As a student-athlete being able to experience Fam and being apart of both sessions, Isabel believes “It was really interesting to see the interactions between the parents and the student-athletes.”The scenarios help “the students because their parents are much more knowledgeable to have conversations with them about sexual health, so that the parents can reinforce the knowledge.”
Because Grassroots is not focused on just one part of the DC community and involves different schools, there are “different variations of parents and depending on the school, different parents in different communities have different concerns,” attests Isabel. So parents at a school in Southeast have different concerns from the ones in Northeast. In my opinion, something that everybody can gain from this is that we can see how Fam has different impacts on the different parts of the community. Also, Fam helps TGP to learn more about the students in programs and therefore provide more whole-community oriented programming.
Isabel chose to be apart of Fam because it is “a chance to interact with the community in a different way than being in [school] programs. Isabel also likes this program because “being in the childcare part helps [her] build relationships,” which has helped with getting the students more involved during school programs.
Out of the four Grassroots Fams programs I have been to, I believe the one at Center City Trinidad was the best one. I was paired with a mom to act out a scenario about sexting. We had to prepare a negative and a positive way of how to handle the situation. When it came to acting out the negative way, we decided to show how a parent would act out of instinct if they just saw an inappropriate picture on their child’s phone. The parent may react with sudden anger and do things like punish their child and take their phone. But a more positive way to handle this situation may be the parent reasoning with their child. In this case, the mother I worked with used legal and social consequences to reason with the child and better explain the real world consequences that the child would face if the child was caught sexting. The mom I worked with gave an example where she told me to look up a couple of teens going to jail for sexting. This was important to me because when I looked at these two examples I thought about how parents just really want the best for their students but sometimes react negatively because they love their kids so much and do not want to make a parenting mistake.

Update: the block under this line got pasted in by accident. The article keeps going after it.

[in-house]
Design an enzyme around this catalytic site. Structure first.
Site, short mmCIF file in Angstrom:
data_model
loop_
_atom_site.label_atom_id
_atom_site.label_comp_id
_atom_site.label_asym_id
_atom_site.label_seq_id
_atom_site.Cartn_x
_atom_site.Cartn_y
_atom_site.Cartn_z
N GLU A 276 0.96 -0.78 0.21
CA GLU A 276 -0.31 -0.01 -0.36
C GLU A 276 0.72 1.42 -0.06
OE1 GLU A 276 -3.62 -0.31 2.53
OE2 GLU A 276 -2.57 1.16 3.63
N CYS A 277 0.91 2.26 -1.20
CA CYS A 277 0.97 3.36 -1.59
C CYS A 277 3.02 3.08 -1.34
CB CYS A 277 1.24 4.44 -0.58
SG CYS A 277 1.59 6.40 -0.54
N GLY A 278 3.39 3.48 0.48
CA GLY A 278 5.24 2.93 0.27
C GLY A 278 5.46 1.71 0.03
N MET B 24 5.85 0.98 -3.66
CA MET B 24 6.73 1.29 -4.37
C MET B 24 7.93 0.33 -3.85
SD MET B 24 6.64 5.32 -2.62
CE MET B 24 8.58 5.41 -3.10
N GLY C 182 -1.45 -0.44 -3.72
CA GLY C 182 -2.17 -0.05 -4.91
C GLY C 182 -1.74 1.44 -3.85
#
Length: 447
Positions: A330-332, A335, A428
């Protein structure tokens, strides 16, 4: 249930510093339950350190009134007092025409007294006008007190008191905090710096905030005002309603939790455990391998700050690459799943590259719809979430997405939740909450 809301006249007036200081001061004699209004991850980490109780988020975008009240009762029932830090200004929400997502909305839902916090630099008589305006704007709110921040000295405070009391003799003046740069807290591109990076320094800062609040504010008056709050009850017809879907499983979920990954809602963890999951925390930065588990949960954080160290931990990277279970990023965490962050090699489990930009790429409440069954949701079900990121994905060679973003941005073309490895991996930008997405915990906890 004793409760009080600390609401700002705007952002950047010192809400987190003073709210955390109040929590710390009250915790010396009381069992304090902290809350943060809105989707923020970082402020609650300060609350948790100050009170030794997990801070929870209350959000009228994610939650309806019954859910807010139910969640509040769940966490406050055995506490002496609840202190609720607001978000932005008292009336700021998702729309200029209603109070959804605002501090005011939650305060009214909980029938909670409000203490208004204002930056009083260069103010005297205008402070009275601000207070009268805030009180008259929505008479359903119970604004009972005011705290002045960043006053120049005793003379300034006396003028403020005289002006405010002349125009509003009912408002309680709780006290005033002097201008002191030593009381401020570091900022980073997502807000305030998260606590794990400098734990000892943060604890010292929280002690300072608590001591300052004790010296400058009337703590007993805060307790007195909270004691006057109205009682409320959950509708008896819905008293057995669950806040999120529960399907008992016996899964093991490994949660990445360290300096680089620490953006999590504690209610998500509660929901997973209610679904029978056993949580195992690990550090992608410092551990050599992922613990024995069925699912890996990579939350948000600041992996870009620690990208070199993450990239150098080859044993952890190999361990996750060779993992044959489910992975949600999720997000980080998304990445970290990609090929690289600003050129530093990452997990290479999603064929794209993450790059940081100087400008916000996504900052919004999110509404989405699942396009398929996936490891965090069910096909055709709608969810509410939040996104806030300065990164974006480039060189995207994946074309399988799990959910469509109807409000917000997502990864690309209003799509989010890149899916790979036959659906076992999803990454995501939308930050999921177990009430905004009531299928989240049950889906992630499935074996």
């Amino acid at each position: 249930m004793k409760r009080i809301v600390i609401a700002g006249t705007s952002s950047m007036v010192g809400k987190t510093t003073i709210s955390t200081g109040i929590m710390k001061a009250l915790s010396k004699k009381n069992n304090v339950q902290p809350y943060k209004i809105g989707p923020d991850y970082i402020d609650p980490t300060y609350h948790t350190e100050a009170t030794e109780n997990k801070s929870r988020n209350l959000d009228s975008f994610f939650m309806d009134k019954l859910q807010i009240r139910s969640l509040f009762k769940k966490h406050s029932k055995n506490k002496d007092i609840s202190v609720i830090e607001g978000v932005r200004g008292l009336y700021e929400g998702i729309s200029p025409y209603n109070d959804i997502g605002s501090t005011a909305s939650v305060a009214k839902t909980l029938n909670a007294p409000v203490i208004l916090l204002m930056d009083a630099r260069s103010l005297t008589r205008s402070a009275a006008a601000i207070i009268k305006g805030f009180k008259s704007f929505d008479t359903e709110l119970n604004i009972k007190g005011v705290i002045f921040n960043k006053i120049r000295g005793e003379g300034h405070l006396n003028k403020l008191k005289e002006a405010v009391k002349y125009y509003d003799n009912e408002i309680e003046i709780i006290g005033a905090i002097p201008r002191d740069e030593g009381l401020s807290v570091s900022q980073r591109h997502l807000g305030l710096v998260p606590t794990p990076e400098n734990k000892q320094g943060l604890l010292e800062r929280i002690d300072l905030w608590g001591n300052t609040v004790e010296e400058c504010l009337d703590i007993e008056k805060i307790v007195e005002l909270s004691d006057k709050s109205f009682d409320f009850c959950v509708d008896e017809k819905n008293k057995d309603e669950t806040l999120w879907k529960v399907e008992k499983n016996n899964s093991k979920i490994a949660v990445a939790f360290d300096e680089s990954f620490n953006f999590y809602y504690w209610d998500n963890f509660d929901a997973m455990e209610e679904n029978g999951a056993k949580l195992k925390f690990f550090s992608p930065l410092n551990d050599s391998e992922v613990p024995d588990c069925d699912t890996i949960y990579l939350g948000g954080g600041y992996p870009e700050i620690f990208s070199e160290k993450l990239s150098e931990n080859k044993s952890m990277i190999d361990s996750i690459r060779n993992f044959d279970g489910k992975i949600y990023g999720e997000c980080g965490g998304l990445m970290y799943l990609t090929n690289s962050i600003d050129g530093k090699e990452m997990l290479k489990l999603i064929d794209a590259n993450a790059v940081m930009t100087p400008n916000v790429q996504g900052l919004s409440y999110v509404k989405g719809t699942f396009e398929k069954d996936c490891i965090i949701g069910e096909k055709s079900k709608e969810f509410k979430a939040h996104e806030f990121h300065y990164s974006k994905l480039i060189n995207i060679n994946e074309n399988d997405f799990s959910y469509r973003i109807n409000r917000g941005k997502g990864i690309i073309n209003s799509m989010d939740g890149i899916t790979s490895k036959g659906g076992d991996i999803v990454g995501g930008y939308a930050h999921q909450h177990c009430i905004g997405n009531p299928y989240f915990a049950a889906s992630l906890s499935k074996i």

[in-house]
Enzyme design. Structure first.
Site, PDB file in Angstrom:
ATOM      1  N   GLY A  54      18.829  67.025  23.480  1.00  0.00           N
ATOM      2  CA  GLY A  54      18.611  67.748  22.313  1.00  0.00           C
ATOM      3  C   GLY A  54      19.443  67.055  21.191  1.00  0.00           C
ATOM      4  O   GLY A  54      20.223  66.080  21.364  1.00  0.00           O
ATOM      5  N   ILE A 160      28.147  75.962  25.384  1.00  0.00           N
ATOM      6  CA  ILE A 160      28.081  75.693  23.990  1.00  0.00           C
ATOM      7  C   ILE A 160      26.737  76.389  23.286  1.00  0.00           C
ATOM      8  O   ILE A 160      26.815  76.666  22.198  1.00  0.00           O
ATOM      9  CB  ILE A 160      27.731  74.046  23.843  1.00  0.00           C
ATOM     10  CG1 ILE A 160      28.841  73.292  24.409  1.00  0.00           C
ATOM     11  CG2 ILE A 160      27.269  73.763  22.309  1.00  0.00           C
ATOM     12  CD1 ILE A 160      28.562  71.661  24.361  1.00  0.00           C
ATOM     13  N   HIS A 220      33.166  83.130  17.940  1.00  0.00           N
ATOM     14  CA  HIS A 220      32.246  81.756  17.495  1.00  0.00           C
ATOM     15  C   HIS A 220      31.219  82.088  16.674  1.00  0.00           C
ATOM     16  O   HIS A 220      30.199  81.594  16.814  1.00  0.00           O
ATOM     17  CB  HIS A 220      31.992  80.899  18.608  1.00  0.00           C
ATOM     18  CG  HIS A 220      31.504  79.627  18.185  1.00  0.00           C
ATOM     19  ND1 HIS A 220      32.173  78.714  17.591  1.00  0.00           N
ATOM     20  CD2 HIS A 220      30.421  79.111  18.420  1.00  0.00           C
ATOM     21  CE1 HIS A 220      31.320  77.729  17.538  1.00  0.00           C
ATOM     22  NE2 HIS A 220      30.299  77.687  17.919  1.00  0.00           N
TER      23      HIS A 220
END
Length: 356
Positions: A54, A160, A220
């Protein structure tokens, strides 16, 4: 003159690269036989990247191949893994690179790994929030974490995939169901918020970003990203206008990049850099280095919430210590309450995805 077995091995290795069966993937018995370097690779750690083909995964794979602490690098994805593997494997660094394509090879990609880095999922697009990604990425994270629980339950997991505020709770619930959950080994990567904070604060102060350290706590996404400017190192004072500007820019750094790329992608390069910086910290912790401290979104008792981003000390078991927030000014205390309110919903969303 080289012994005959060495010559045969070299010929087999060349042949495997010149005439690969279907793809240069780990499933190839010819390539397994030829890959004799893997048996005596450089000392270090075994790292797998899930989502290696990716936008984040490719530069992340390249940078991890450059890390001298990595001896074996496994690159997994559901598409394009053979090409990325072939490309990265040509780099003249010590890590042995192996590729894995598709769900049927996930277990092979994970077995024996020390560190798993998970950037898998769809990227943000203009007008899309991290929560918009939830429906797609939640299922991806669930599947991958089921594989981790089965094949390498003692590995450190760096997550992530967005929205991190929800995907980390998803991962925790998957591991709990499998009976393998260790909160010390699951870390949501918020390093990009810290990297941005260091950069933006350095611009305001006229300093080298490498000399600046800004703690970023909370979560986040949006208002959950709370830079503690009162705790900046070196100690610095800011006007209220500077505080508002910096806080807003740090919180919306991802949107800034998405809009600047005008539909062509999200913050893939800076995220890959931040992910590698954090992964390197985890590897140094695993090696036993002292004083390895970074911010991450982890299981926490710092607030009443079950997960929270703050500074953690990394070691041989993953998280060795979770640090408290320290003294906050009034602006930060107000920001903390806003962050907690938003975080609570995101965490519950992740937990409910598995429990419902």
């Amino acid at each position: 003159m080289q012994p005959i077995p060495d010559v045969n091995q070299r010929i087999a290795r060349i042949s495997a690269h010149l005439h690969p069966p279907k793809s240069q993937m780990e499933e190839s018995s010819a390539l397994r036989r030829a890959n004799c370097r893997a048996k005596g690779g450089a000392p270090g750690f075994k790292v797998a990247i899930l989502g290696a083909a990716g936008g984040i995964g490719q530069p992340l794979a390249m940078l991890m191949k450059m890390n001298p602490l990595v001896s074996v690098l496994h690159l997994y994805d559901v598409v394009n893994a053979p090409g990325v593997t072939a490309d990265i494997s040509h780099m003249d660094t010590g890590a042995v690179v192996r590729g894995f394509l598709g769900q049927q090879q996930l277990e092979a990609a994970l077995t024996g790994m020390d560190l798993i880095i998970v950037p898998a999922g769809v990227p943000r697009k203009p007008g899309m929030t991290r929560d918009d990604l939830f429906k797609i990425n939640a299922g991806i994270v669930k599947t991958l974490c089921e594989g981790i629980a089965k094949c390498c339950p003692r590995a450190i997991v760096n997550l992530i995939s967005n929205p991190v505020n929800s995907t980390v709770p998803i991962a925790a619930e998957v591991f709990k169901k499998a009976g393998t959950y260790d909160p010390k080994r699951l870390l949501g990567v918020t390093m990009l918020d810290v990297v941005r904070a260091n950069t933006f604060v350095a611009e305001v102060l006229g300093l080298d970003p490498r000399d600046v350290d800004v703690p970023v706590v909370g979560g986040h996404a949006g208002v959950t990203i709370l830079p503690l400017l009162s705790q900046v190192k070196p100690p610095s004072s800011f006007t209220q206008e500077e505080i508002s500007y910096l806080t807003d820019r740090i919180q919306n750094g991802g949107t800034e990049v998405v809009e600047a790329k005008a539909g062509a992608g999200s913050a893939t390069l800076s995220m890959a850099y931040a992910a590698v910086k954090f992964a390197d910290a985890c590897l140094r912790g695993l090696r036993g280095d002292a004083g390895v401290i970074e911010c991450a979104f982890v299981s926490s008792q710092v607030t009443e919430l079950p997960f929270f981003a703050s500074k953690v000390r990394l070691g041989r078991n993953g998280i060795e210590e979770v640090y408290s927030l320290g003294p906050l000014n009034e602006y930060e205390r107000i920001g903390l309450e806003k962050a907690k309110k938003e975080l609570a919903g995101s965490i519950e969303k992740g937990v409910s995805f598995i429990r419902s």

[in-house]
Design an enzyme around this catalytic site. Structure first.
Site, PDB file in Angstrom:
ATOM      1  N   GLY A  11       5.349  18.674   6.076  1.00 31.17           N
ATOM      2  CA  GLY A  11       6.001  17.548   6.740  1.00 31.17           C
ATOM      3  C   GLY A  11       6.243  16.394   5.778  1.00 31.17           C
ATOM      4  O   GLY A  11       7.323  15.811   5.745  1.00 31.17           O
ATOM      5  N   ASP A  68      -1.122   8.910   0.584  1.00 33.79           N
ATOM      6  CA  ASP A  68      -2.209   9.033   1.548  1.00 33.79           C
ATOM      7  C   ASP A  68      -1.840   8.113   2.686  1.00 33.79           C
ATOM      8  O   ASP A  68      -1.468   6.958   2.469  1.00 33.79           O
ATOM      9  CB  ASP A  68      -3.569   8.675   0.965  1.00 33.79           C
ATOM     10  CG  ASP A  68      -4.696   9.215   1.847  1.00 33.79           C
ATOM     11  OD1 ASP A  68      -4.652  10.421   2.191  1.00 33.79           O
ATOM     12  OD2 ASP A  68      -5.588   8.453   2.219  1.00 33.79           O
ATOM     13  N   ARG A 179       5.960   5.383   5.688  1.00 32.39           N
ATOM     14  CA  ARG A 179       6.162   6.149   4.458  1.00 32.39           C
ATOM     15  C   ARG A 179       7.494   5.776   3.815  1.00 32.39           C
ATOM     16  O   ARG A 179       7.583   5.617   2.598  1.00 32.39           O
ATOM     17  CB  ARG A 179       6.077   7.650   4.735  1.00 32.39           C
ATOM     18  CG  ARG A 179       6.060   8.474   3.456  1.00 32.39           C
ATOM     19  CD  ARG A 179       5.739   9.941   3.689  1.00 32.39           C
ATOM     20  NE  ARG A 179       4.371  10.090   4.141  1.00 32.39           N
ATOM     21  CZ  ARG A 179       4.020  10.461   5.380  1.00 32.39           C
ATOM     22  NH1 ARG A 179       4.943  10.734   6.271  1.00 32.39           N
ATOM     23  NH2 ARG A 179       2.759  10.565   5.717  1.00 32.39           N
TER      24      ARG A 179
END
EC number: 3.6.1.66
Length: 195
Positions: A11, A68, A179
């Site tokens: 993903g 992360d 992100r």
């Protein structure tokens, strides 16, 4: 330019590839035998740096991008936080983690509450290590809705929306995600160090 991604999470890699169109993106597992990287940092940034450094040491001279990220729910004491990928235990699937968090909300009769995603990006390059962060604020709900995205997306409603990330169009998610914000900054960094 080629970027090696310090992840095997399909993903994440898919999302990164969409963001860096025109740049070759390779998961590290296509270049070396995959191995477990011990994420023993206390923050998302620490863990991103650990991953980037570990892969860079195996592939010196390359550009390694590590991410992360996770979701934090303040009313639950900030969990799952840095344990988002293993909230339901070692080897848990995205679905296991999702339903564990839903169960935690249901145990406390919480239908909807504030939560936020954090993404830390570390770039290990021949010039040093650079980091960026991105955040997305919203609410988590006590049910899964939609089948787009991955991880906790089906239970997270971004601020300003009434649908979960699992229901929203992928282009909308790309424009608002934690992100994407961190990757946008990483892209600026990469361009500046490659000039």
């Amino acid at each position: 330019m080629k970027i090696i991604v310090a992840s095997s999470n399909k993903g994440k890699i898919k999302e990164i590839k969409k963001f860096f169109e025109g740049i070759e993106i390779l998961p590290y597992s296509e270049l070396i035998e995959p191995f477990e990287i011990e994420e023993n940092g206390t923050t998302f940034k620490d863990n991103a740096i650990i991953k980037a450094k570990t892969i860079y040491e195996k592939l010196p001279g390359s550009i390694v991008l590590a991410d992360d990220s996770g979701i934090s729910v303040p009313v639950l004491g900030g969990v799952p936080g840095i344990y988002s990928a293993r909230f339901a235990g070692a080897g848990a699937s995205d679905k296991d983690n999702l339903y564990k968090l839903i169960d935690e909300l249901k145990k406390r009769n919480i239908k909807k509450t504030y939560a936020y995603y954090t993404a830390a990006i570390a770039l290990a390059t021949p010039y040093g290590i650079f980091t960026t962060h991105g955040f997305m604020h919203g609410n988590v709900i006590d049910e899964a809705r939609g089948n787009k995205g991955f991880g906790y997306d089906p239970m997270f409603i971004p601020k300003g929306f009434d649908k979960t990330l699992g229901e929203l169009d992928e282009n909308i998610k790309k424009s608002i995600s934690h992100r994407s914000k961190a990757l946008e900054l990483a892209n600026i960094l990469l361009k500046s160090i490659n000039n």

Figure 1: The author, Nea’la Prue and a mom practicing their scenario.
Discussing issues like sexting can be hard between a parent and their 6th-grade student, but Grassroots Fam gives the parents an idea of how they can approach and handle the uncomfortable discussions. Through Fam, parents also understand the negative impact that these conversations – and when handled inappropriately – can have on kids this young. Hopefully, this will reinforce the messages being taught to students during the school programming and will continue to build communities with more open and honest communication around health.